Sunday, July 23, 2017

Programming Languages

Why are some programming languages more popular than others? The number one reason is libraries. If you are going to be building something for the iPhone, you would have used Objective-C and now Swift because they are supported the tools on that platform. If you are doing Microsoft development, you will probably have a similar preference for C#, because that's where the libraries needed to connect to various applications live. Python is successful in data science, because it has a great set of libraries for numerical analysis which have formed the basis for more complex. Ruby became quite popular because of the Rails framework. Java has a number of open source projects that have kept it alive, things like Lucene and Hadoop, so we can blame Doug Cutting for its continued existence (in addition to a virtual machine that supports a number of platforms). And, of course, we are all stuck with JavaScript because it is the only thing that runs in the web browsers- despite the numerous and ever changing set of libraries that JS developers have been rapidly moving through over the past five years.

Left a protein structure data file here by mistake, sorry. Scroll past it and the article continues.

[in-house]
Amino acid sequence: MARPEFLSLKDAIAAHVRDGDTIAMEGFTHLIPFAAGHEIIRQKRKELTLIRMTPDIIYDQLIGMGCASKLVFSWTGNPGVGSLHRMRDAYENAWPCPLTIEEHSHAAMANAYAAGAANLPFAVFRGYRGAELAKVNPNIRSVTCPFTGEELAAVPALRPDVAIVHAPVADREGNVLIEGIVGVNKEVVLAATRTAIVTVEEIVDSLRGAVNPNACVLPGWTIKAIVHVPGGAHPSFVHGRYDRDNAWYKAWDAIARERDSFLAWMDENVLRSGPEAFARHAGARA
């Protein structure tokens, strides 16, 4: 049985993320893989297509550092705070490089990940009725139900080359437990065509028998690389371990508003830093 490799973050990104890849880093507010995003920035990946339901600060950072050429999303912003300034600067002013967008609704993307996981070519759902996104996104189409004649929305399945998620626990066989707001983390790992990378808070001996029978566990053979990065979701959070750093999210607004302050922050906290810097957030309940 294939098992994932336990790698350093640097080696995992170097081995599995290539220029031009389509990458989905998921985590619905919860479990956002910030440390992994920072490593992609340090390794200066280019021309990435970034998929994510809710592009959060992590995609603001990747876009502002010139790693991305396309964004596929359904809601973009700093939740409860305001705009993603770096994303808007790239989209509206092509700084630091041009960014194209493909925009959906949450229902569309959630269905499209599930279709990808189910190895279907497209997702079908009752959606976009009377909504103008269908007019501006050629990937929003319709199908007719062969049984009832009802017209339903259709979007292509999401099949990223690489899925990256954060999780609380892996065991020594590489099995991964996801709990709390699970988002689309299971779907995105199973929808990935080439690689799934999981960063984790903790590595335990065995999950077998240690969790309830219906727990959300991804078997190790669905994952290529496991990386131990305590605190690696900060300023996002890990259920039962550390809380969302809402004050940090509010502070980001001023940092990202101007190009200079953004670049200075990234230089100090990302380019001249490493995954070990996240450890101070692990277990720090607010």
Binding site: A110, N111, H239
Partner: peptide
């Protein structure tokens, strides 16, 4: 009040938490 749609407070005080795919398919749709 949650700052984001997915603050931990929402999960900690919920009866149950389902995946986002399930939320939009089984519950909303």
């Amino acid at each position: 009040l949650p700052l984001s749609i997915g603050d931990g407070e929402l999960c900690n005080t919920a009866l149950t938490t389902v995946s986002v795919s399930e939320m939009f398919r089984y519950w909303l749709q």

You'll notice that what is largely missing here are any features of the language, whether a language is functional or object-oriented, dynamic or compiled. In the post-modern programming world where things are built from other blocks, these kinds of features of the language tend to be dwarfed in importance, because the average enterprise project includes more code written elsewhere than it does code written specifically for the project.